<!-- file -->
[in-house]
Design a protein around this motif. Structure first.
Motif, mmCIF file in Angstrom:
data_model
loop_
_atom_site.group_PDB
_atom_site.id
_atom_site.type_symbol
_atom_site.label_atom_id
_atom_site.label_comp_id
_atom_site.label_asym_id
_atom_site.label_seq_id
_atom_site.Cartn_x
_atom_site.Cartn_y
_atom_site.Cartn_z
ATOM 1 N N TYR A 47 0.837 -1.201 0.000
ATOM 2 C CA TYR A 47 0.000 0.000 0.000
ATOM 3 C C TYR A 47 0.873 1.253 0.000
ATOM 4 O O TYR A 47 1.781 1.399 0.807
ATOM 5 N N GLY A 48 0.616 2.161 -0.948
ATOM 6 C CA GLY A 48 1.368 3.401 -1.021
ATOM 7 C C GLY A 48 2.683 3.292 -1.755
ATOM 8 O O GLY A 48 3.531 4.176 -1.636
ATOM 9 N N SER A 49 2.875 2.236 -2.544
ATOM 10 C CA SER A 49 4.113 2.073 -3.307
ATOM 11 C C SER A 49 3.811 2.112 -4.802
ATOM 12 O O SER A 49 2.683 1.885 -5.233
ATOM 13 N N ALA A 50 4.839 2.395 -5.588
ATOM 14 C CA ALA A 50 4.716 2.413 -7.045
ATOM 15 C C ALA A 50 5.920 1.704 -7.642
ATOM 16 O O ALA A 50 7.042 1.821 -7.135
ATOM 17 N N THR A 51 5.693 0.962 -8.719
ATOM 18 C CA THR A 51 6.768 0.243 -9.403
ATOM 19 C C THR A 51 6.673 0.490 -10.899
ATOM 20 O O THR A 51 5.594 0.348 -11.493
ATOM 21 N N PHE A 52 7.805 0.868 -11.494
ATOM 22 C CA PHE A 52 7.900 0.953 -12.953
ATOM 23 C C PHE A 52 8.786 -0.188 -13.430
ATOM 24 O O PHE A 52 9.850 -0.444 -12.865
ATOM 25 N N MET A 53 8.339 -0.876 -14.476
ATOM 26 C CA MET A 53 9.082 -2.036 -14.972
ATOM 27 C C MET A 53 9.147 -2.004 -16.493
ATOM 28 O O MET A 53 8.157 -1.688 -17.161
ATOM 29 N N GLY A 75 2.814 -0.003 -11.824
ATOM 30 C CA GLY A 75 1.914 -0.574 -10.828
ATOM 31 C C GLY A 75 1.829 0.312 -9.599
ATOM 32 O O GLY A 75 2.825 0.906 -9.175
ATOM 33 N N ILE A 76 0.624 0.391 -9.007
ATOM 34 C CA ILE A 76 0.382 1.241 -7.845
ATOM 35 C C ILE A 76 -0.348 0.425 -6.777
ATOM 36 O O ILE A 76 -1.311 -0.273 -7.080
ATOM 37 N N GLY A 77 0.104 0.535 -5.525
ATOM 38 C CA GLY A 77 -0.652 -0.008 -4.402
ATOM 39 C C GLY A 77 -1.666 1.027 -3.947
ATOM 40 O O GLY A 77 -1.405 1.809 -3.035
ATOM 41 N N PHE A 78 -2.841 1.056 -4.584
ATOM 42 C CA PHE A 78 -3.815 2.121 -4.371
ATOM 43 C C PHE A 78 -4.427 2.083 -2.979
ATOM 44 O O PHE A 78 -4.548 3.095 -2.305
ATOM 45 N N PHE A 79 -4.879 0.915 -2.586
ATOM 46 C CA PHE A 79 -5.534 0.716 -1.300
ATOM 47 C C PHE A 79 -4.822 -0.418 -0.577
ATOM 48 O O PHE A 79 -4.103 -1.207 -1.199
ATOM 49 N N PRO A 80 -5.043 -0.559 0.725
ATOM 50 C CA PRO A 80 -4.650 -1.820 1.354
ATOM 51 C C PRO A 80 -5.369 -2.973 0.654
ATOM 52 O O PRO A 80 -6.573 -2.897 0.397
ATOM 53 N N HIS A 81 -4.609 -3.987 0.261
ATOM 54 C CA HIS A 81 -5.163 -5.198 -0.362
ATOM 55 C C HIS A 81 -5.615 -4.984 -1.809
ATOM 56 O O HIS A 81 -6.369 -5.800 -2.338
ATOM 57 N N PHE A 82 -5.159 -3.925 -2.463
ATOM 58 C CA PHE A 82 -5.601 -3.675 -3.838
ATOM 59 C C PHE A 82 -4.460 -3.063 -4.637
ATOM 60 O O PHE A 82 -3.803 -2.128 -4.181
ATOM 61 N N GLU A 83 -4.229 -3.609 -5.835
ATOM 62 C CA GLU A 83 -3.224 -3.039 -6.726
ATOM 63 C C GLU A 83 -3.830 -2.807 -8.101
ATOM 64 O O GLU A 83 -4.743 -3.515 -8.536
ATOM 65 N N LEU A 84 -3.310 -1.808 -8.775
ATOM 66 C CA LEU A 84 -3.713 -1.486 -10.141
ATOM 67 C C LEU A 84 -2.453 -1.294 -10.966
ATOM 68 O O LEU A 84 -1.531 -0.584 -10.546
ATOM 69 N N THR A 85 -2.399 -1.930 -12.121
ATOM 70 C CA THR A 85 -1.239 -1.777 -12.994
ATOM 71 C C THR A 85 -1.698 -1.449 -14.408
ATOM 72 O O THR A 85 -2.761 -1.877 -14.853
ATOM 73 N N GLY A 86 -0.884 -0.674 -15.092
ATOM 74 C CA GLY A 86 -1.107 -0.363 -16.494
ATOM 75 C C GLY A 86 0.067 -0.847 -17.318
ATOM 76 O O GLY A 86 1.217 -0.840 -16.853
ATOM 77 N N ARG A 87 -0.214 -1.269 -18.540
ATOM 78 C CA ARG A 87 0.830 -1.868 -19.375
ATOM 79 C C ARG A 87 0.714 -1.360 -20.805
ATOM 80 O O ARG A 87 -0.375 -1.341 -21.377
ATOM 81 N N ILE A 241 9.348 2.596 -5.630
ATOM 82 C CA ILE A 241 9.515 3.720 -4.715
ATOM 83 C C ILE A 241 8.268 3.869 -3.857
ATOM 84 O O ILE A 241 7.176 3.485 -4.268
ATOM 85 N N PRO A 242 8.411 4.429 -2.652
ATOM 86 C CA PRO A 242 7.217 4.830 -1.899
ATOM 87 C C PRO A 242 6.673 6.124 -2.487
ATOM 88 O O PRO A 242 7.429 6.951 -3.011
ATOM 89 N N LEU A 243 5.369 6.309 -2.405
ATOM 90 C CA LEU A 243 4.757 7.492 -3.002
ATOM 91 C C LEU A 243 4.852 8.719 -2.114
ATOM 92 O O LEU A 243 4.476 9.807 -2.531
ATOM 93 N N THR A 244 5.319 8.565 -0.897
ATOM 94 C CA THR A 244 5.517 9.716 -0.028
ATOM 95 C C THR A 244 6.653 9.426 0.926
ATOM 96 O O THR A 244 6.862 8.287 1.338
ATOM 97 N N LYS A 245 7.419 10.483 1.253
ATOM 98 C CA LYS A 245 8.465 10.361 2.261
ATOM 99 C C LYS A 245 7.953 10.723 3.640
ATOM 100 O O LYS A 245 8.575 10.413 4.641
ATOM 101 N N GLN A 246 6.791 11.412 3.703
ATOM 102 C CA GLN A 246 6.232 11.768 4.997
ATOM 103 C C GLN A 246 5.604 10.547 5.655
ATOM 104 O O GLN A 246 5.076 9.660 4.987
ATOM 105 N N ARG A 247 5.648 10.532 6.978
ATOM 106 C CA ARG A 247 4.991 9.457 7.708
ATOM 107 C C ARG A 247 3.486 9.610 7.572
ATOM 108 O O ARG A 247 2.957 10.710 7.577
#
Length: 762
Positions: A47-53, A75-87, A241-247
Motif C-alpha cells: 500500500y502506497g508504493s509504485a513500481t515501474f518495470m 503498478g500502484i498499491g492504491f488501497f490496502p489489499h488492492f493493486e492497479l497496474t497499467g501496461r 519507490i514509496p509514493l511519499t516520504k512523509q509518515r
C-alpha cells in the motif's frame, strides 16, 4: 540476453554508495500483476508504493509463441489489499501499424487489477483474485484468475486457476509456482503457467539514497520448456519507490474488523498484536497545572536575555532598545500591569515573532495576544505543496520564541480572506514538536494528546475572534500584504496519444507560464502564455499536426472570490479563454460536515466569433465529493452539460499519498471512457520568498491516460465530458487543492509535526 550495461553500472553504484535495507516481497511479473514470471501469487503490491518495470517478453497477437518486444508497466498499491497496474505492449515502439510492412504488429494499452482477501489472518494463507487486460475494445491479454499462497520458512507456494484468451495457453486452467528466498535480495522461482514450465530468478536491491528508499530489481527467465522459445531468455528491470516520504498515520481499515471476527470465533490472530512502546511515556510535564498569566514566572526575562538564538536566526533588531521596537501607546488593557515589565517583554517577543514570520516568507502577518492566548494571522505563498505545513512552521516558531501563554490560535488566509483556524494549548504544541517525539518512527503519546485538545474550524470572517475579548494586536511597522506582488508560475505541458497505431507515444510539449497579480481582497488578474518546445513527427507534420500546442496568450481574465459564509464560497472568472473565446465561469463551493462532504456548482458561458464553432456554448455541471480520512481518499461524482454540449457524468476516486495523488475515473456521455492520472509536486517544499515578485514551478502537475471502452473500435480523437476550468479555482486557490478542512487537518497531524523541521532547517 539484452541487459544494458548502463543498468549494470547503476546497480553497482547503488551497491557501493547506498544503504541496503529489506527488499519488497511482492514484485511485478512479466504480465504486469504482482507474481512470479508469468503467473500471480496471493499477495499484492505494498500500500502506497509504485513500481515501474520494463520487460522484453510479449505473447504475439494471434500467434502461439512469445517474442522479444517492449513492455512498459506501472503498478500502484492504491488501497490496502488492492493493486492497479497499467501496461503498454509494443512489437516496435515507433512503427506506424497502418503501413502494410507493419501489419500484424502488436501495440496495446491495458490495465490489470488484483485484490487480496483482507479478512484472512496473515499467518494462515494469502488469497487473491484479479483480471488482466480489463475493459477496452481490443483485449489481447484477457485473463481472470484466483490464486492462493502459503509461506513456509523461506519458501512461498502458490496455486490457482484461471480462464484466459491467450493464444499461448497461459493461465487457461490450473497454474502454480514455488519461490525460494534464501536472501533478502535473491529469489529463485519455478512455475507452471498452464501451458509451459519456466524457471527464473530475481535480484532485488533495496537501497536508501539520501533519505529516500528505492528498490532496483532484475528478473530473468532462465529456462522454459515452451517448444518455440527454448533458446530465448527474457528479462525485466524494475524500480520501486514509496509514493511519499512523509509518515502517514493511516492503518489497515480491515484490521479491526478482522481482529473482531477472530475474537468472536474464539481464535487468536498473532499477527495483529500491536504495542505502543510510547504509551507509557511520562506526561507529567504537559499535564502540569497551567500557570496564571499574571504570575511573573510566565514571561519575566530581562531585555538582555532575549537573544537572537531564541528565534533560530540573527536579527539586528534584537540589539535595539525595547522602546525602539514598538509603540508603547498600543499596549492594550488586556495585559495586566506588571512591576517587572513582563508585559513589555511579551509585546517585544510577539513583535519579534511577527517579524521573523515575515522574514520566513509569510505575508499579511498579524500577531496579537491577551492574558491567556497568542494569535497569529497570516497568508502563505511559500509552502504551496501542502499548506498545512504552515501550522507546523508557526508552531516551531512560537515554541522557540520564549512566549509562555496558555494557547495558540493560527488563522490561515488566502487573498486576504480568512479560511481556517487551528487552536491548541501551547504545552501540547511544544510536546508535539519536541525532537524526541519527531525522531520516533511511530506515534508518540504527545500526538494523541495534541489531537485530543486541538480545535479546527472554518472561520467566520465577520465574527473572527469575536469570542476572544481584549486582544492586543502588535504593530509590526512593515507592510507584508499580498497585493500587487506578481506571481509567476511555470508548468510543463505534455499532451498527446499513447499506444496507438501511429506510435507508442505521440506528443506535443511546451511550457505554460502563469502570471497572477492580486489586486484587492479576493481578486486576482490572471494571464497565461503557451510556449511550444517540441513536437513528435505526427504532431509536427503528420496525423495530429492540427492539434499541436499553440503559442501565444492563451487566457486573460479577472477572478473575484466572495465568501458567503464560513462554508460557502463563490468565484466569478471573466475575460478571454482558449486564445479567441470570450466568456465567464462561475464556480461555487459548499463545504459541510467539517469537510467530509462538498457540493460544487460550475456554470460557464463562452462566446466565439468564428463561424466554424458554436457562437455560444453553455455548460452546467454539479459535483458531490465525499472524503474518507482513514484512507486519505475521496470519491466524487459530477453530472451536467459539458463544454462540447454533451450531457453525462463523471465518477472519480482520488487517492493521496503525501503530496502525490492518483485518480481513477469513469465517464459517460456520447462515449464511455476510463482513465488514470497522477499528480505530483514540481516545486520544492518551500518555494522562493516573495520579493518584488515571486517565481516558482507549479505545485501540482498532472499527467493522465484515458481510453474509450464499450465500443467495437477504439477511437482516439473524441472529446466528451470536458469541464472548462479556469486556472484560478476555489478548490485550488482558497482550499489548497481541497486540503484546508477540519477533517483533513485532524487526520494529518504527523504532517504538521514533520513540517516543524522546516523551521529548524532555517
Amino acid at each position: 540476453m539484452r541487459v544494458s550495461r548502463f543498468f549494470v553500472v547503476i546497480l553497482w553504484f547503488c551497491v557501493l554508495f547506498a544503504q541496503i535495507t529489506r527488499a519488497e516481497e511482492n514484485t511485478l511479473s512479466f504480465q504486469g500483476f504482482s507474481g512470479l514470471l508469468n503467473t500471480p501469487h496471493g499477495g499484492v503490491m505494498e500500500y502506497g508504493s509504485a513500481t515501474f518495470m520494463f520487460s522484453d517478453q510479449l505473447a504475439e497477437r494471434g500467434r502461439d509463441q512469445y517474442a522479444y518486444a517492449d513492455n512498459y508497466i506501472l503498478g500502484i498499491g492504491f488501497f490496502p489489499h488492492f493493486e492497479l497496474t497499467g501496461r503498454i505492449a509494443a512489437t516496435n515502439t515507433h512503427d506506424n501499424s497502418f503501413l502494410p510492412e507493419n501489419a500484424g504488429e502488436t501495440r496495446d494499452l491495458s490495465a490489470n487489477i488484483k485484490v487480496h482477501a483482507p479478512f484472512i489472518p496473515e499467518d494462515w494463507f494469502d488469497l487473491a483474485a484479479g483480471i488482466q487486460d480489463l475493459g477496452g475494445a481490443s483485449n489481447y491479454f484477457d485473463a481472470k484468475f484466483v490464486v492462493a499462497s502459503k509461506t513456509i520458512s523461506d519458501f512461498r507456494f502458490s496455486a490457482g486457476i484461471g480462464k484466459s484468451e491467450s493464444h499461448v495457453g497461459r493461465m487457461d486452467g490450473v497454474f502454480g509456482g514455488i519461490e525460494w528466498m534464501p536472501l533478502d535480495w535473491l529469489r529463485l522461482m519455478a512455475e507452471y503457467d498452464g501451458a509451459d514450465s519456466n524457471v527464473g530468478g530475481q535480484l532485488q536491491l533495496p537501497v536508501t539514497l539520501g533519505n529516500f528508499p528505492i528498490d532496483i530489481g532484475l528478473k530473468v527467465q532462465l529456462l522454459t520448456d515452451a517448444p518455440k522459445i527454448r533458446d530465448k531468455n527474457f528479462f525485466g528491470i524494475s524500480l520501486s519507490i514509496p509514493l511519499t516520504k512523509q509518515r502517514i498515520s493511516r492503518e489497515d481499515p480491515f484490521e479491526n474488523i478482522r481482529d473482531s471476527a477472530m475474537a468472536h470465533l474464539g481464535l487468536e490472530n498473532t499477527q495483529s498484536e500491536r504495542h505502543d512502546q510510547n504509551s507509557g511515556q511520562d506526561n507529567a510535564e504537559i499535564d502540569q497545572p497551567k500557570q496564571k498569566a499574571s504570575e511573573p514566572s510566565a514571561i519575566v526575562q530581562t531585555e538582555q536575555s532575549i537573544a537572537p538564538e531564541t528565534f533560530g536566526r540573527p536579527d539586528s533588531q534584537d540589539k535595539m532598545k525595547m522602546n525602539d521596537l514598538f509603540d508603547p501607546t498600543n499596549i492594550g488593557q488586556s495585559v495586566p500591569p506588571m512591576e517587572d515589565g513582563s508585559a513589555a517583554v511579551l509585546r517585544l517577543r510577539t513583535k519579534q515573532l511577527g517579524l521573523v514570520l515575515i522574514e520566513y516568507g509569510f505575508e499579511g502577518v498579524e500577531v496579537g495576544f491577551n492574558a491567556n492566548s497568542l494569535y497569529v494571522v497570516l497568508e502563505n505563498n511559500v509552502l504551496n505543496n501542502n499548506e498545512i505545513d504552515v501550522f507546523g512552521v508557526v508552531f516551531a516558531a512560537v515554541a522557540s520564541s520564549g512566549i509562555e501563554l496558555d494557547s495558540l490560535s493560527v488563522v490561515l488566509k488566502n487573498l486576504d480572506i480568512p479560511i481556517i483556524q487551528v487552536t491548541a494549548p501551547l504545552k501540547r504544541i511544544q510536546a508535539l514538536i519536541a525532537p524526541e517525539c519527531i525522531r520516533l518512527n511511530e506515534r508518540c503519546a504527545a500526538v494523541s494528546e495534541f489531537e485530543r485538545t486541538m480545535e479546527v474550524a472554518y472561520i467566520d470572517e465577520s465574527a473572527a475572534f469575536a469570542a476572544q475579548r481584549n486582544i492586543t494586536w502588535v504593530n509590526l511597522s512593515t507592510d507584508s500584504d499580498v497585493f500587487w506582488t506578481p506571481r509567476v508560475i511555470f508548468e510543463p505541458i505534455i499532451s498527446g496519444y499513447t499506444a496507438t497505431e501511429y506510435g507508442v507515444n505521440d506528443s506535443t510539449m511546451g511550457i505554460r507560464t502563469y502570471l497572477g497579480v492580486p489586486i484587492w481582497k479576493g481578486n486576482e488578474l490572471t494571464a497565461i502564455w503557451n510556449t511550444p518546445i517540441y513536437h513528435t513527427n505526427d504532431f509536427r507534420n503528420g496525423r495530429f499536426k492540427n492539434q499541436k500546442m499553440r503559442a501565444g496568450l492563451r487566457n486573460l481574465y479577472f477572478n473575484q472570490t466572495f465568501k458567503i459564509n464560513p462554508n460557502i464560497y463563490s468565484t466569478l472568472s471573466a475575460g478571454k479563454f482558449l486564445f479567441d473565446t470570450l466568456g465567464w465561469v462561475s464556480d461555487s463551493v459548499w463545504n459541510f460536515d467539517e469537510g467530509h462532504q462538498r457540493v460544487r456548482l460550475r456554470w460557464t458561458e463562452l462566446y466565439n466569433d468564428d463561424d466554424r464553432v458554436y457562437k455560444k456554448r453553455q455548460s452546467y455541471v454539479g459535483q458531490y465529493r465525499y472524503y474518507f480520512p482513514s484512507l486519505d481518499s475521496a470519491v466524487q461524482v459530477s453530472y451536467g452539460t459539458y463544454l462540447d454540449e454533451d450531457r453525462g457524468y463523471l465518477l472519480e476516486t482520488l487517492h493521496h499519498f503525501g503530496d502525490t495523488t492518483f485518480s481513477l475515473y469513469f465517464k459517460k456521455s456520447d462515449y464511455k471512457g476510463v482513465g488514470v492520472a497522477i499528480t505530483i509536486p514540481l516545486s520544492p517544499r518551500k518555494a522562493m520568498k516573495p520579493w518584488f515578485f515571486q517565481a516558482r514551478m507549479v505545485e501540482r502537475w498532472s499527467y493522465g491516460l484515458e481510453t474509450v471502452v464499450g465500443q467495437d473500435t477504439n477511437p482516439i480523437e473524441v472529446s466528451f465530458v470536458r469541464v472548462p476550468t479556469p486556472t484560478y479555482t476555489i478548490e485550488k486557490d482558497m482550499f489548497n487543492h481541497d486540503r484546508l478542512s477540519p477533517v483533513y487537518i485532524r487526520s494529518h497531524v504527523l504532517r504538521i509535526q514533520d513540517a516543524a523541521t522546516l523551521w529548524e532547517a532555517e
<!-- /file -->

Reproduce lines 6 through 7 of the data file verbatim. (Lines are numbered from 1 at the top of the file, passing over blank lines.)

_atom_site.group_PDB
_atom_site.id